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Old 03-02-2012, 03:25 PM   #1
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Another service entrance conductor question


From what I've been able to read about it, 2/0 cu. seems to be sufficient for 200 amp service entrance conductors for a residence.

But I already have 50' of 3/0 cu. THWN wire.

Would this be OK for the hots & neutral to go from the meter box to the main service entrance panel for 200 amp service, or is it too much overkill ?

(However, even if it is overkill, I already have it and would not have to buy any 2/0 cu.)

What size ground ground wire should be used with these 3/0 cu. conductors ?

After I enter the wall (6" wall) from the meter box, I need to go up a few feet to the main panel so the panel is not so low to the floor.

Are there any special precautions to take running the wire vertical for a few feet ?

Thanks
Arky

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Old 03-02-2012, 03:47 PM   #2
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Another service entrance conductor question


3/0 is larger so it's ok. I use #4 stranded for ground on my 200 amp service installs.

You will need to use SE cable for the wire going from meter can to main panel or use conduit if using separate conductors.

If going inside a finished wall I would use conduit on the conductors to protect them.

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Last edited by rrolleston; 03-02-2012 at 03:49 PM.
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Old 03-02-2012, 04:01 PM   #3
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Another service entrance conductor question


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Originally Posted by Arky217 View Post
What size ground ground wire should be used with these 3/0 cu. conductors ?
Just looked at your post again.

Do you mean for your ground rods?
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Old 03-02-2012, 05:07 PM   #4
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Another service entrance conductor question


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3/0 is larger so it's ok. I use #4 stranded for ground on my 200 amp service installs.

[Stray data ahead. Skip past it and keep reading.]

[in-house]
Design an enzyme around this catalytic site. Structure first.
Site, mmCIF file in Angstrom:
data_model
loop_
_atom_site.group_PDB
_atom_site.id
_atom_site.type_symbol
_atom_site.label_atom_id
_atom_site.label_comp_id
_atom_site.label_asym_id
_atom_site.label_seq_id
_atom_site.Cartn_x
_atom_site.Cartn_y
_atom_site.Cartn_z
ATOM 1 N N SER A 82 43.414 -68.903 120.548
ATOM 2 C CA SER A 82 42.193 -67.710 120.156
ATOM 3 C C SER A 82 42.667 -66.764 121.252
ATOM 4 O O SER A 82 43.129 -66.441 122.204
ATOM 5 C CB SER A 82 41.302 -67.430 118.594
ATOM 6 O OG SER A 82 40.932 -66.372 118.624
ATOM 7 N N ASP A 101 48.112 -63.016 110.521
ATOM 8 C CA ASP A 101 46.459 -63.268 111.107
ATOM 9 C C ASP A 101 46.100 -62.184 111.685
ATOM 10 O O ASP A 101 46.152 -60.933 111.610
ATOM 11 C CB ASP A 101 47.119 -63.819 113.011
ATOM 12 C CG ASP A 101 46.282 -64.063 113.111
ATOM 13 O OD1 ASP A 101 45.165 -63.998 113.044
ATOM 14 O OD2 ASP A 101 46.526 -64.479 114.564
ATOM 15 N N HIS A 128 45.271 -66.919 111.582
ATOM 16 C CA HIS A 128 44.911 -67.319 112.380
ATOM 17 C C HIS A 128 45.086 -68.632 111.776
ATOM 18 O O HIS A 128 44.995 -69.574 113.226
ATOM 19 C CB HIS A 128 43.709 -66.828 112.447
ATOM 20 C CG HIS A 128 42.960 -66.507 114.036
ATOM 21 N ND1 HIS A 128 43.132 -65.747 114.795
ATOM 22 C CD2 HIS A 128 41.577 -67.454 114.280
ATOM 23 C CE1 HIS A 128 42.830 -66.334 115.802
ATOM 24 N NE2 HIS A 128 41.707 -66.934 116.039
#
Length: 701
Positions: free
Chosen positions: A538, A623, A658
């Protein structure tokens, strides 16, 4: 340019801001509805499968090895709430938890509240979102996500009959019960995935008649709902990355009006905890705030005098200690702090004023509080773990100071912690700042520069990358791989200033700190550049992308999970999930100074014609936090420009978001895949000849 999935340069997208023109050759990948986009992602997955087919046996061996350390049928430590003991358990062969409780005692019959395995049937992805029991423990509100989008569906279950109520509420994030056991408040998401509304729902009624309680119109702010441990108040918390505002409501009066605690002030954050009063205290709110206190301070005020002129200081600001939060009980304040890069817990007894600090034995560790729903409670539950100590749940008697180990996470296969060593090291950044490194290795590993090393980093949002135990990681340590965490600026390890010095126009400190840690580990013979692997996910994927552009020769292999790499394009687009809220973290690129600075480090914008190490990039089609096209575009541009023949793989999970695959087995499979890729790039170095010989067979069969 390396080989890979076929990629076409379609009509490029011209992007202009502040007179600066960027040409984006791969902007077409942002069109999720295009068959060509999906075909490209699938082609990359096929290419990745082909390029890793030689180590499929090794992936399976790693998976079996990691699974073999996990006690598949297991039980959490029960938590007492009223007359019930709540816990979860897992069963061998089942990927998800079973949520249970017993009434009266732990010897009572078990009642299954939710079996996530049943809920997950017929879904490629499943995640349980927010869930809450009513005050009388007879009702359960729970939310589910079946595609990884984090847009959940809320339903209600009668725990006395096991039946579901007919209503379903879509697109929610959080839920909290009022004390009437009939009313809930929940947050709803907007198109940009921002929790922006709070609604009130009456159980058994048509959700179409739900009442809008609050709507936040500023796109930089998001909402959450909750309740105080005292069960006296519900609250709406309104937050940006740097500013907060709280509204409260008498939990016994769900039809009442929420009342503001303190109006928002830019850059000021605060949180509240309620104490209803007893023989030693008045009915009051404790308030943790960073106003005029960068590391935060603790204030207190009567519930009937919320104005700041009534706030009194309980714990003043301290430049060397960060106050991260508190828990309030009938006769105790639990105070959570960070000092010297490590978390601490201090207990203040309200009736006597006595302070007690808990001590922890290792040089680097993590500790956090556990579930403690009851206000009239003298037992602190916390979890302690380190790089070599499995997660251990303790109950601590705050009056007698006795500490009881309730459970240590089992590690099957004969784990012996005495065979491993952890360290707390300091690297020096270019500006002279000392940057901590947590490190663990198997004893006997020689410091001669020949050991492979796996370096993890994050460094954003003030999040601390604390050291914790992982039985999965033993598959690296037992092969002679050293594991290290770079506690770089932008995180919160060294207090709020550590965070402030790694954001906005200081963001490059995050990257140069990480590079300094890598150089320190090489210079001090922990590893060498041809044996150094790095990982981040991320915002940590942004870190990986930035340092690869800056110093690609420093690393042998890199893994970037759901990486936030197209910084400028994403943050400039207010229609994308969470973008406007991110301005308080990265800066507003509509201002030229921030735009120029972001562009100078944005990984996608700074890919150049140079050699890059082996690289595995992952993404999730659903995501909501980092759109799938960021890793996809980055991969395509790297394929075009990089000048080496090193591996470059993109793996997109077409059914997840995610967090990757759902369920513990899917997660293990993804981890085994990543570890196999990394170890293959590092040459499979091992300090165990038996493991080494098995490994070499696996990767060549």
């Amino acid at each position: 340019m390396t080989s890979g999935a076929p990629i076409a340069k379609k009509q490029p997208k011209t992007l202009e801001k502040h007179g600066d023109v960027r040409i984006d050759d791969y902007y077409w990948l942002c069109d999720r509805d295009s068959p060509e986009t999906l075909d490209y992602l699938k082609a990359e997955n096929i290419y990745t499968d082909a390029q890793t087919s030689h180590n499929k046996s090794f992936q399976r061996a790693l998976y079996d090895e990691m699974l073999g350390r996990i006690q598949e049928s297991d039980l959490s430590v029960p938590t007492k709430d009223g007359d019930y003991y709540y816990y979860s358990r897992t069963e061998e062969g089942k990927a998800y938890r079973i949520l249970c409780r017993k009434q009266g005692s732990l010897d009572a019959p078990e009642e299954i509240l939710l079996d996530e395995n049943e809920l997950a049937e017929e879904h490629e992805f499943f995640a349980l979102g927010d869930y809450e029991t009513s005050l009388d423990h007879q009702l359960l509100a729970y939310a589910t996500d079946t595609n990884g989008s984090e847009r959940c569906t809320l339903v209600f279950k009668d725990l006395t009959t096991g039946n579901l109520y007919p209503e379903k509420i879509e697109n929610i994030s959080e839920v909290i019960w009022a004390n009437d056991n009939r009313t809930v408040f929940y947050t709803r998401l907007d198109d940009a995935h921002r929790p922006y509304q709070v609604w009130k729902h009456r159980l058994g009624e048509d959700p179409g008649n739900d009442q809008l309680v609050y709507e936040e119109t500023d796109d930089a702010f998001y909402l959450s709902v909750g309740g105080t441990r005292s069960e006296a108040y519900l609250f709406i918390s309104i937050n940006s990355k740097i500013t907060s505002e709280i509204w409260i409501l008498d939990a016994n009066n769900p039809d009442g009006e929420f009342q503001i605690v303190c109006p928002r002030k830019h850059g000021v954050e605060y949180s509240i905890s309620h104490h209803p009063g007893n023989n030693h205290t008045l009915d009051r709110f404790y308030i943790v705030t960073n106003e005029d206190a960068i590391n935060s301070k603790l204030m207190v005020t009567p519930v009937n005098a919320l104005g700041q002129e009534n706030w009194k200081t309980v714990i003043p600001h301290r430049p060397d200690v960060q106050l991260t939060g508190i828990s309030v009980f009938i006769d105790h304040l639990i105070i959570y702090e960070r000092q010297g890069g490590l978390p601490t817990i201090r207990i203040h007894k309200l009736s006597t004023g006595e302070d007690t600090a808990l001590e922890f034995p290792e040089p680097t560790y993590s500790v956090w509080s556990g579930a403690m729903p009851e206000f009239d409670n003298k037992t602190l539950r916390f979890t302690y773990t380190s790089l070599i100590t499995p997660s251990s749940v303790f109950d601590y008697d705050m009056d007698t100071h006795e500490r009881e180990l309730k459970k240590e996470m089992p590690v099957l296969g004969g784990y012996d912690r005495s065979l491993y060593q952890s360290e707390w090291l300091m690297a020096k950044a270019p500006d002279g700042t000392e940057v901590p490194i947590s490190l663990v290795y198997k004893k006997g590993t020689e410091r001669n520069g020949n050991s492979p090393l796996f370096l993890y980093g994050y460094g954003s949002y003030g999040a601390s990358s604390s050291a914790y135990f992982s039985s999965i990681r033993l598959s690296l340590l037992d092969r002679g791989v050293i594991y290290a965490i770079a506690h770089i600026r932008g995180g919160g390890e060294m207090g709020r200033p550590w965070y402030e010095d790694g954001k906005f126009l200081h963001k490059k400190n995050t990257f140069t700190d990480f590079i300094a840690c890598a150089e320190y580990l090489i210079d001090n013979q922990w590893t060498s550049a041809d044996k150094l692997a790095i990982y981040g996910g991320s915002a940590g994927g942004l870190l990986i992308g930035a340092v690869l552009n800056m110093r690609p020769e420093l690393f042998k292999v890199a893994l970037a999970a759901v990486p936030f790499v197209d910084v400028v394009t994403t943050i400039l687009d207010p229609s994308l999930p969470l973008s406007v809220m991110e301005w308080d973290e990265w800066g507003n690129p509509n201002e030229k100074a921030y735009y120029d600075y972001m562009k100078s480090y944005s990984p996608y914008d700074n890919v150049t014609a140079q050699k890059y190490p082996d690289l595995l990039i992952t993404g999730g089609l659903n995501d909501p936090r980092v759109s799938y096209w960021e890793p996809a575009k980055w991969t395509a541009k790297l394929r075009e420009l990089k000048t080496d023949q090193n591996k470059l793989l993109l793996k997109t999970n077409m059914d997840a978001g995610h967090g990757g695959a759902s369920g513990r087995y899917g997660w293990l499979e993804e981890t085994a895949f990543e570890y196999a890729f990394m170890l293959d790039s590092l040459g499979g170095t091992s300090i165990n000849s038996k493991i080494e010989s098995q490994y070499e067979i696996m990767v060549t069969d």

You will need to use SE cable for the wire going from meter can to main panel or use conduit if using separate conductors.

If going inside a finished wall I would use conduit on the conductors to protect them.
Does the NEC require conduit for separate conductors in this instance.

I mean, it's just 2 feet; I don't mind using conduit but my concern is if I can find a gentle enough elbow that I can push those 3/0 wires through and that will fit within the 5.5" depth of the wall.

And on the ground wire; yes, I mean for going to the ground rod.

Thanks,
Arky
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Old 03-02-2012, 05:10 PM   #5
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Another service entrance conductor question


Separate conductors of any length have to be in conduit.

Use an LB inside the wall and you will have to leave an access panel so the cover can be removed in the future. Then go straight into the bottom of your main panel.
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Old 03-02-2012, 05:20 PM   #6
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Another service entrance conductor question


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Separate conductors of any length have to be in conduit.

Use an LB inside the wall and you will have to leave an access panel so the cover can be removed in the future. Then go straight into the bottom of your main panel.
OK, but if I can get an elbow to work, I won't need to have an access panel, will I ? ( I can just see me trying to get those 3/0 wires to fit inside an LB)

What size conduit should I use; will 2" be big enough ?

And would pvc conduit be code compliant for this ?

Thanks,
Arky
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Old 03-02-2012, 05:26 PM   #7
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Another service entrance conductor question


2" PVC would be good. I used 2-1/2 for my project in my signature link 4/0-4/0-2/0-#2 that was a lot of fun. Almost wish I used 3"
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Old 03-02-2012, 05:44 PM   #8
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Another service entrance conductor question


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2" PVC would be good. I used 2-1/2 for my project in my signature link 4/0-4/0-2/0-#2 that was a lot of fun. Almost wish I used 3"